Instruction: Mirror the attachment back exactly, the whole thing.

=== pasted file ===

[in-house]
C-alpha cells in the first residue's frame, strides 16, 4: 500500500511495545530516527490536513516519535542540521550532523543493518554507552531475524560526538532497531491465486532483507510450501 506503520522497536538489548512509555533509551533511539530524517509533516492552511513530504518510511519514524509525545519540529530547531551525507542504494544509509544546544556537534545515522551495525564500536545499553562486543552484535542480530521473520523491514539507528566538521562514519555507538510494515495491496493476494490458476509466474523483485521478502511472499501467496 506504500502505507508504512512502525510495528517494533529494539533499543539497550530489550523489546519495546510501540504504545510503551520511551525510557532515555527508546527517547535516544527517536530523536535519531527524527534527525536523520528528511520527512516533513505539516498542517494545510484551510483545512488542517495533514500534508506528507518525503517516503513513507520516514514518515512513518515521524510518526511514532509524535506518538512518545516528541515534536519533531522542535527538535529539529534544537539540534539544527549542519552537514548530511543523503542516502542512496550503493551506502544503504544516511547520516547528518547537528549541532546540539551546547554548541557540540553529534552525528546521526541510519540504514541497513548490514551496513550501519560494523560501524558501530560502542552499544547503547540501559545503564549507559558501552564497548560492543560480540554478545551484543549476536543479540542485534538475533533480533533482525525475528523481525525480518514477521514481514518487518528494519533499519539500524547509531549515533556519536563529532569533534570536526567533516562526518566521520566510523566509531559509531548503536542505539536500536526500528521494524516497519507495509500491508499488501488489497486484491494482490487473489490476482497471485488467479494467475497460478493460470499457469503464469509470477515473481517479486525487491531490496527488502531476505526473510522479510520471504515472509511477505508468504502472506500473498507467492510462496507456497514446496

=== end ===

[in-house]
C-alpha cells in the first residue's frame, strides 16, 4: 500500500511495545530516527490536513516519535542540521550532523543493518554507552531475524560526538532497531491465486532483507510450501 506503520522497536538489548512509555533509551533511539530524517509533516492552511513530504518510511519514524509525545519540529530547531551525507542504494544509509544546544556537534545515522551495525564500536545499553562486543552484535542480530521473520523491514539507528566538521562514519555507538510494515495491496493476494490458476509466474523483485521478502511472499501467496 506504500502505507508504512512502525510495528517494533529494539533499543539497550530489550523489546519495546510501540504504545510503551520511551525510557532515555527508546527517547535516544527517536530523536535519531527524527534527525536523520528528511520527512516533513505539516498542517494545510484551510483545512488542517495533514500534508506528507518525503517516503513513507520516514514518515512513518515521524510518526511514532509524535506518538512518545516528541515534536519533531522542535527538535529539529534544537539540534539544527549542519552537514548530511543523503542516502542512496550503493551506502544503504544516511547520516547528518547537528549541532546540539551546547554548541557540540553529534552525528546521526541510519540504514541497513548490514551496513550501519560494523560501524558501530560502542552499544547503547540501559545503564549507559558501552564497548560492543560480540554478545551484543549476536543479540542485534538475533533480533533482525525475528523481525525480518514477521514481514518487518528494519533499519539500524547509531549515533556519536563529532569533534570536526567533516562526518566521520566510523566509531559509531548503536542505539536500536526500528521494524516497519507495509500491508499488501488489497486484491494482490487473489490476482497471485488467479494467475497460478493460470499457469503464469509470477515473481517479486525487491531490496527488502531476505526473510522479510520471504515472509511477505508468504502472506500473498507467492510462496507456497514446496